University Chorale Performs ‘Elijah’ in Dramatic Concert

The Boston College University Chorale joined forces with professional vocalists Michael Calmes (Obadiah, Ahab) and Philip Lima (Elijah) on Friday night to perform a dramatic and rousing take of Mendelssohn’s Elijah. Under University Chorale conductor John Finney, the fall concert was a complete success, as the performance drew an impressive crowd to Trinity Chapel on BC’s Newton Campus.

Lima did an extraordinary job as Elijah—his vocals were powerful and clear, and he sang with amazing intensity. He is well-known throughout the world of opera for being a vocal powerhouse, and is currently the artistic director of The Bostonians. Calmes, too, did an amazing job by portraying great emotion through his vocals. He has previously worked with the University Chorale’s conductor on a Christmas CD called Cantique de Noel, Beautiful Songs of Christmas with Pianist John Finney. He was also a member of The Bostonians.

The history of Elijah goes all the way back to 1846. Elijah is an oratorio, which is very similar to an opera, except it doesn’t incorporate theatre. It tells a story through a concert—in this case, the story of the prophet Elijah’s life. Mendelssohn wrote Elijah in the style of better-known Baroque composers Bach and Handel.

Part One of Elijah is a full story in itself. The basis of the oratorio revolves around God’s covenant with Israel. He would grant them protection as long as they followed the Ten Commandments. When the King of Israel married, he left the Jewish tradition. He broke the covenant when he began to idolize Baal, a Canaanite god who is often seen as Yahweh’s enemy.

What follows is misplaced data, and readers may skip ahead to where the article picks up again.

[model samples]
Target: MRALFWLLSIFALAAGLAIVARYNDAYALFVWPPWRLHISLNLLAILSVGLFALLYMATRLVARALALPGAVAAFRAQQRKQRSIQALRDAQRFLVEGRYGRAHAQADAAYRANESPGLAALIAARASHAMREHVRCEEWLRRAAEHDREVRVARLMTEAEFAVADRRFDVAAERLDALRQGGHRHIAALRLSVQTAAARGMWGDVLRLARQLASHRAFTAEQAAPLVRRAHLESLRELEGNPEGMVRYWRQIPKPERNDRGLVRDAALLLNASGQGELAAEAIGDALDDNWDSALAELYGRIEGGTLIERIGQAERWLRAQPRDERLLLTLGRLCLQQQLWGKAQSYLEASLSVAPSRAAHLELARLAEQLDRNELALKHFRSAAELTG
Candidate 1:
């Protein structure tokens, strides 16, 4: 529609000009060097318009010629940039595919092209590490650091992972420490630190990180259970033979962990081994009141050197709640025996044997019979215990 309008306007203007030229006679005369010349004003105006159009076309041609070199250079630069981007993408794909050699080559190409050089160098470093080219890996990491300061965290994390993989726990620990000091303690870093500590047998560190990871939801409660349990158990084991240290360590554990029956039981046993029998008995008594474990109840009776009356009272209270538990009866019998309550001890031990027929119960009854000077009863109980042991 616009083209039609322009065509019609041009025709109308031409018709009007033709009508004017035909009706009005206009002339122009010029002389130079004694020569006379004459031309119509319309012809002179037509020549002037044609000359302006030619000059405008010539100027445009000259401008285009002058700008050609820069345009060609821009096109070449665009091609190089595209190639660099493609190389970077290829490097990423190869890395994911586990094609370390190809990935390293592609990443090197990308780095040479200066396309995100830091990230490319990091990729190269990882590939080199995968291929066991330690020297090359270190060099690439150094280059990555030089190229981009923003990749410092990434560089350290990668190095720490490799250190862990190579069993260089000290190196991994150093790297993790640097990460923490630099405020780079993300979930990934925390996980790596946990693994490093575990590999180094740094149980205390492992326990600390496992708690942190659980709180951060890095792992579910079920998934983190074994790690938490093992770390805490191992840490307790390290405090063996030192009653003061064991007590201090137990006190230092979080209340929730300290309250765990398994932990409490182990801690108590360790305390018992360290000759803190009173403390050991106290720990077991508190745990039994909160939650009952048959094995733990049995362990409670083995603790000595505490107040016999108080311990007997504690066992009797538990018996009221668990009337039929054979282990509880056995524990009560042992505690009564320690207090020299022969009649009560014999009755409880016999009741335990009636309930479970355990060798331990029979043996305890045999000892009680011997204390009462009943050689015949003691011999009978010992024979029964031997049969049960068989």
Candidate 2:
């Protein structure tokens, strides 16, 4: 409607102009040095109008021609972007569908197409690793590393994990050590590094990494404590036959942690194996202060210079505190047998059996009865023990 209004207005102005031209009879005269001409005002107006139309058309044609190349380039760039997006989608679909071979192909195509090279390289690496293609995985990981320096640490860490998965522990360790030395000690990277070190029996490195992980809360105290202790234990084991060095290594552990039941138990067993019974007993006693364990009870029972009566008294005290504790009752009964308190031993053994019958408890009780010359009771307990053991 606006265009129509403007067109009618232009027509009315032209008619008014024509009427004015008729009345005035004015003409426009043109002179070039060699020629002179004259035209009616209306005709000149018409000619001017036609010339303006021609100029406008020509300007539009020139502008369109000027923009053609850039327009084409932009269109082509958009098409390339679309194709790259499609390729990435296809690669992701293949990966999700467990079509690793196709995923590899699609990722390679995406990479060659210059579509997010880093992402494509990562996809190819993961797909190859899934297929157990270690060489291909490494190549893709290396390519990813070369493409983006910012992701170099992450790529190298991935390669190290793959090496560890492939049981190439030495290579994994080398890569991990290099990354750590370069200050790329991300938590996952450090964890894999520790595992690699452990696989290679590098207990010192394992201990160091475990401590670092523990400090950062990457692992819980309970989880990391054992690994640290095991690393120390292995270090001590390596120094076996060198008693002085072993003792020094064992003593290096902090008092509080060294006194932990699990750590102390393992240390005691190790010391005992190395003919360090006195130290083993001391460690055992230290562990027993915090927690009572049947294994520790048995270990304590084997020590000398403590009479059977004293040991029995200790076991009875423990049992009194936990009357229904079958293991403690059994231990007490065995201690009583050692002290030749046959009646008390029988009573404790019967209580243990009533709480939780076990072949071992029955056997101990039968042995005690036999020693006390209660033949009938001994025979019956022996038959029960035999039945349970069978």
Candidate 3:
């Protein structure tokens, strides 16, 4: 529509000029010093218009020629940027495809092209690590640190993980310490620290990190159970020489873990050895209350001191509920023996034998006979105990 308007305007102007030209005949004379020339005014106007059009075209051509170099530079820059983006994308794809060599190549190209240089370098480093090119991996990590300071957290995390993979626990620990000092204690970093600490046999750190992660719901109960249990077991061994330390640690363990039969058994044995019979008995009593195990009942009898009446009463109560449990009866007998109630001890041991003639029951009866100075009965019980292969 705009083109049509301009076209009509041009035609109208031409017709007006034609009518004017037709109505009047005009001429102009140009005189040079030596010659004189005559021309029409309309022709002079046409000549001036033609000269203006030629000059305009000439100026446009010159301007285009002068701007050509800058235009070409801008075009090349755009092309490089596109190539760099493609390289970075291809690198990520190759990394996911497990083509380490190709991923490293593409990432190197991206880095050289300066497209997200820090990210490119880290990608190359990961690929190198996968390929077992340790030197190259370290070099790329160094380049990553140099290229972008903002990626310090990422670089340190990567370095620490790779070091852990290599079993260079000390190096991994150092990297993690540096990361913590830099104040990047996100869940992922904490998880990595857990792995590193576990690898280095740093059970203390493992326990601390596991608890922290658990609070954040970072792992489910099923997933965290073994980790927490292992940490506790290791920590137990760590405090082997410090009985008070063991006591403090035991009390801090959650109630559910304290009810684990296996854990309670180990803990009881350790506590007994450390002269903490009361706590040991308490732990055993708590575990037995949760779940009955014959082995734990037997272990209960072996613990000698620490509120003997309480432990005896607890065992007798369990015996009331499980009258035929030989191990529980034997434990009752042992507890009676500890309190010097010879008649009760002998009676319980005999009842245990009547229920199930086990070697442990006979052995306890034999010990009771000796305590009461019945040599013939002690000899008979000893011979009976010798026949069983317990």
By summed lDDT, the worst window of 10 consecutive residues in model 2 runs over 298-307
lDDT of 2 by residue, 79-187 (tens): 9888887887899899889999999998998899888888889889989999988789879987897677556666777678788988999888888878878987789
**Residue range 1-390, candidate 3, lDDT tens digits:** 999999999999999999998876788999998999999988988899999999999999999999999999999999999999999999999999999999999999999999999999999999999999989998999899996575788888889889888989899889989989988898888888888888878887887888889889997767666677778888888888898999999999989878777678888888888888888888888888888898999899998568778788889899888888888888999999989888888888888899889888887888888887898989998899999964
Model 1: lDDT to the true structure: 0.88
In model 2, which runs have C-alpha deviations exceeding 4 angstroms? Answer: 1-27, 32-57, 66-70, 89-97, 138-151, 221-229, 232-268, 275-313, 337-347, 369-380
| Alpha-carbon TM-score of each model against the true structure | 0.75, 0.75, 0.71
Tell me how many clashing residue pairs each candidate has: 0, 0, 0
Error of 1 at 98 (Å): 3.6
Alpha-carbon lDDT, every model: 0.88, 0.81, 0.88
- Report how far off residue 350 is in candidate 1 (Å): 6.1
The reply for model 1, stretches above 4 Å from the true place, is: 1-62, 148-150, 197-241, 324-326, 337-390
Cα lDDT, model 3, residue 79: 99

The concert opened as Elijah cursed Israel for abandoning God. As a prophecy, he predicted a drought, and the overture  illustrated Israel’s struggles during this dry period. It was intense and strong, which made it quite moving, especially in the context of the story. Tension built as the overture went on, and eventually hit the climax as it turned into a rousing performance of “Help, Lord!” by the chorale. The emotion and drama was vivid and real as the intense voices bounced off the walls of the chapel.

Obadiah, one of Elijah’s followers, did not sin. He tried to turn the people (the chorale) back into faithful Jews during “Ye people, rend your hearts.” In doing so, he was slow and touching. It was a break from the intensity of the previous songs, but there was a quick turnaround—the people responded with “Yet doth the Lord hear it not!” The intensity and loud abruptness in this song was startling.

Elijah proceeded to challenge Baal’s priests to a competition. The one who sent fire from heaven would then become the true God. Elijah won this competition, and did away with the prophets of Baal. He rejoiced by singing the powerful “Is not His word like a fire?”

At the end, he prayed that God would stop the drought because Israel had finally repented. This is when the youth, sung by the immensely talented Alison Cool, LSOE ’21, enters and is instructed by Elijah to see if it is raining (he cannot look because he is praying so intensely). Finally, it began to rain, and the people celebrated, singing “Thanks be to God!”

Elijah was unique because it mixed Old Testament stories with intense and beautiful vocal harmonies and song. The University Chorale provided an extraordinary performance. Its talent for harmony shone throughout the night.

Featured Image by Kaitlin Meeks / Heights Staff